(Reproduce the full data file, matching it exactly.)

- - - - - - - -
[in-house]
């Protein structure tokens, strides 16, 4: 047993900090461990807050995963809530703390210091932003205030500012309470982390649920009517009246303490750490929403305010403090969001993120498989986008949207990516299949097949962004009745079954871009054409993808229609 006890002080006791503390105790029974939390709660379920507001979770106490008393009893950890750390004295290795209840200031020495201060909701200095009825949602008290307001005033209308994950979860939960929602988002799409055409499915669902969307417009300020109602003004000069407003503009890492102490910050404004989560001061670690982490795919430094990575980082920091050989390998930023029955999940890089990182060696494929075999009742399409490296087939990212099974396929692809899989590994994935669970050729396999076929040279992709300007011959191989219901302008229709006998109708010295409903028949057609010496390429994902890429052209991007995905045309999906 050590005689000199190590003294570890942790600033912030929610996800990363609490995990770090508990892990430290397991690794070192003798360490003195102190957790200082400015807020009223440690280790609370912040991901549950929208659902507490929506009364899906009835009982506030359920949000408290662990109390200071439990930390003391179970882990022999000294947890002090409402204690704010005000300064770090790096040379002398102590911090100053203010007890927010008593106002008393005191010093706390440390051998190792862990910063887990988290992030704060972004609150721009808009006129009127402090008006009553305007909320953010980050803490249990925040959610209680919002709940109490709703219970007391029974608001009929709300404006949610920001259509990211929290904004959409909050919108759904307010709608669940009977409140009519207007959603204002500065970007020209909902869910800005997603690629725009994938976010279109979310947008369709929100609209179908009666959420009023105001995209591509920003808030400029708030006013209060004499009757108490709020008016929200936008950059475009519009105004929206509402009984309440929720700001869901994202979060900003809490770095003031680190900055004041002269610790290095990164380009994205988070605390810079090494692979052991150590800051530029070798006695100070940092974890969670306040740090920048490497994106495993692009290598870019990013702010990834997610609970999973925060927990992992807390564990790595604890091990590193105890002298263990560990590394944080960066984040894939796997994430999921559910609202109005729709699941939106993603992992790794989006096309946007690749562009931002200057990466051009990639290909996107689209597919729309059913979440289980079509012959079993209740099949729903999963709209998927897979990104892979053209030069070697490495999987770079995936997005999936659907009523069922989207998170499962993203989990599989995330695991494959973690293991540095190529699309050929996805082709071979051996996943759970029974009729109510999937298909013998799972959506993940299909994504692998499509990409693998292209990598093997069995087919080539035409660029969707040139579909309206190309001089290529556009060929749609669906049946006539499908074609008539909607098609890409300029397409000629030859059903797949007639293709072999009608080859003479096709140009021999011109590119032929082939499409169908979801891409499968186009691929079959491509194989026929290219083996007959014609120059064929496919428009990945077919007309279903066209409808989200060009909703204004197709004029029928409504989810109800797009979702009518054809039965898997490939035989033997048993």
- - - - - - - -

[in-house]
């Protein structure tokens, strides 16, 4: 047993900090461990807050995963809530703390210091932003205030500012309470982390649920009517009246303490750490929403305010403090969001993120498989986008949207990516299949097949962004009745079954871009054409993808229609 006890002080006791503390105790029974939390709660379920507001979770106490008393009893950890750390004295290795209840200031020495201060909701200095009825949602008290307001005033209308994950979860939960929602988002799409055409499915669902969307417009300020109602003004000069407003503009890492102490910050404004989560001061670690982490795919430094990575980082920091050989390998930023029955999940890089990182060696494929075999009742399409490296087939990212099974396929692809899989590994994935669970050729396999076929040279992709300007011959191989219901302008229709006998109708010295409903028949057609010496390429994902890429052209991007995905045309999906 050590005689000199190590003294570890942790600033912030929610996800990363609490995990770090508990892990430290397991690794070192003798360490003195102190957790200082400015807020009223440690280790609370912040991901549950929208659902507490929506009364899906009835009982506030359920949000408290662990109390200071439990930390003391179970882990022999000294947890002090409402204690704010005000300064770090790096040379002398102590911090100053203010007890927010008593106002008393005191010093706390440390051998190792862990910063887990988290992030704060972004609150721009808009006129009127402090008006009553305007909320953010980050803490249990925040959610209680919002709940109490709703219970007391029974608001009929709300404006949610920001259509990211929290904004959409909050919108759904307010709608669940009977409140009519207007959603204002500065970007020209909902869910800005997603690629725009994938976010279109979310947008369709929100609209179908009666959420009023105001995209591509920003808030400029708030006013209060004499009757108490709020008016929200936008950059475009519009105004929206509402009984309440929720700001869901994202979060900003809490770095003031680190900055004041002269610790290095990164380009994205988070605390810079090494692979052991150590800051530029070798006695100070940092974890969670306040740090920048490497994106495993692009290598870019990013702010990834997610609970999973925060927990992992807390564990790595604890091990590193105890002298263990560990590394944080960066984040894939796997994430999921559910609202109005729709699941939106993603992992790794989006096309946007690749562009931002200057990466051009990639290909996107689209597919729309059913979440289980079509012959079993209740099949729903999963709209998927897979990104892979053209030069070697490495999987770079995936997005999936659907009523069922989207998170499962993203989990599989995330695991494959973690293991540095190529699309050929996805082709071979051996996943759970029974009729109510999937298909013998799972959506993940299909994504692998499509990409693998292209990598093997069995087919080539035409660029969707040139579909309206190309001089290529556009060929749609669906049946006539499908074609008539909607098609890409300029397409000629030859059903797949007639293709072999009608080859003479096709140009021999011109590119032929082939499409169908979801891409499968186009691929079959491509194989026929290219083996007959014609120059064929496919428009990945077919007309279903066209409808989200060009909703204004197709004029029928409504989810109800797009979702009518054809039965898997490939035989033997048993």